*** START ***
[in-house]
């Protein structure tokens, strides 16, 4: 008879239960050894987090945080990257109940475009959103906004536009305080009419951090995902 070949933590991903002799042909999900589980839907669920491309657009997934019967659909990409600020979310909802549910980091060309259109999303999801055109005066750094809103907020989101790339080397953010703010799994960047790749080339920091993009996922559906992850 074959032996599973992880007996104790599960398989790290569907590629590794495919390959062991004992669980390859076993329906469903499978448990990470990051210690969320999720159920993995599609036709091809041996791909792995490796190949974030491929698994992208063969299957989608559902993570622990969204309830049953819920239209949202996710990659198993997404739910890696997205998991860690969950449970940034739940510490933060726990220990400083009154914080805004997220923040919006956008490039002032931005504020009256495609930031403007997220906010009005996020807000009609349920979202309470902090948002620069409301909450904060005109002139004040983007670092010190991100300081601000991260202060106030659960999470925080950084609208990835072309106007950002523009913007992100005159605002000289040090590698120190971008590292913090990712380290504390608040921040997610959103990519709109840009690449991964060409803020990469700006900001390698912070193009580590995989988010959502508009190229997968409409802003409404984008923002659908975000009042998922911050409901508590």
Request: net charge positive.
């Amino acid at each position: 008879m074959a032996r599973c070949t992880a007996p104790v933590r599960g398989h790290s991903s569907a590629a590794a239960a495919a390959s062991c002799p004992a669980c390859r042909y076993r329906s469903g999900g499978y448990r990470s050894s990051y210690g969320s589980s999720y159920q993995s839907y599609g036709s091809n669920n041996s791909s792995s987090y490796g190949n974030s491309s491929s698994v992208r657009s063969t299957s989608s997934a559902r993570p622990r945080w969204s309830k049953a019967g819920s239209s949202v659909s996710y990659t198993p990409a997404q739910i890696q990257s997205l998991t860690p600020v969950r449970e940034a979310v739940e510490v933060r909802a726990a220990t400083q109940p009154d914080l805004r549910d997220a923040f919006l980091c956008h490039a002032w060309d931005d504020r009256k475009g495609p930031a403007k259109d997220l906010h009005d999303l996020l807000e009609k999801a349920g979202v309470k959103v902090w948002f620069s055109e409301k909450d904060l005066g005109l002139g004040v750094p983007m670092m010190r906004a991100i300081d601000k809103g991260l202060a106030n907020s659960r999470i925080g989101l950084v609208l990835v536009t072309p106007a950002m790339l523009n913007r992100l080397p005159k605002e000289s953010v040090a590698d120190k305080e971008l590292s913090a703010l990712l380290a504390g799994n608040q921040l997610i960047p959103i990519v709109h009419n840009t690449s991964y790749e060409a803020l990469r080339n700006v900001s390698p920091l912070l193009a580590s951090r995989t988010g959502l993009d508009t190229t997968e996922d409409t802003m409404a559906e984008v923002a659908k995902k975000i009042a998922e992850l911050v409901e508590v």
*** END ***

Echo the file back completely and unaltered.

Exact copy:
[in-house]
């Protein structure tokens, strides 16, 4: 008879239960050894987090945080990257109940475009959103906004536009305080009419951090995902 070949933590991903002799042909999900589980839907669920491309657009997934019967659909990409600020979310909802549910980091060309259109999303999801055109005066750094809103907020989101790339080397953010703010799994960047790749080339920091993009996922559906992850 074959032996599973992880007996104790599960398989790290569907590629590794495919390959062991004992669980390859076993329906469903499978448990990470990051210690969320999720159920993995599609036709091809041996791909792995490796190949974030491929698994992208063969299957989608559902993570622990969204309830049953819920239209949202996710990659198993997404739910890696997205998991860690969950449970940034739940510490933060726990220990400083009154914080805004997220923040919006956008490039002032931005504020009256495609930031403007997220906010009005996020807000009609349920979202309470902090948002620069409301909450904060005109002139004040983007670092010190991100300081601000991260202060106030659960999470925080950084609208990835072309106007950002523009913007992100005159605002000289040090590698120190971008590292913090990712380290504390608040921040997610959103990519709109840009690449991964060409803020990469700006900001390698912070193009580590995989988010959502508009190229997968409409802003409404984008923002659908975000009042998922911050409901508590």
Request: net charge positive.
């Amino acid at each position: 008879m074959a032996r599973c070949t992880a007996p104790v933590r599960g398989h790290s991903s569907a590629a590794a239960a495919a390959s062991c002799p004992a669980c390859r042909y076993r329906s469903g999900g499978y448990r990470s050894s990051y210690g969320s589980s999720y159920q993995s839907y599609g036709s091809n669920n041996s791909s792995s987090y490796g190949n974030s491309s491929s698994v992208r657009s063969t299957s989608s997934a559902r993570p622990r945080w969204s309830k049953a019967g819920s239209s949202v659909s996710y990659t198993p990409a997404q739910i890696q990257s997205l998991t860690p600020v969950r449970e940034a979310v739940e510490v933060r909802a726990a220990t400083q109940p009154d914080l805004r549910d997220a923040f919006l980091c956008h490039a002032w060309d931005d504020r009256k475009g495609p930031a403007k259109d997220l906010h009005d999303l996020l807000e009609k999801a349920g979202v309470k959103v902090w948002f620069s055109e409301k909450d904060l005066g005109l002139g004040v750094p983007m670092m010190r906004a991100i300081d601000k809103g991260l202060a106030n907020s659960r999470i925080g989101l950084v609208l990835v536009t072309p106007a950002m790339l523009n913007r992100l080397p005159k605002e000289s953010v040090a590698d120190k305080e971008l590292s913090a703010l990712l380290a504390g799994n608040q921040l997610i960047p959103i990519v709109h009419n840009t690449s991964y790749e060409a803020l990469r080339n700006v900001s390698p920091l912070l193009a580590s951090r995989t988010g959502l993009d508009t190229t997968e996922d409409t802003m409404a559906e984008v923002a659908k995902k975000i009042a998922e992850l911050v409901e508590v």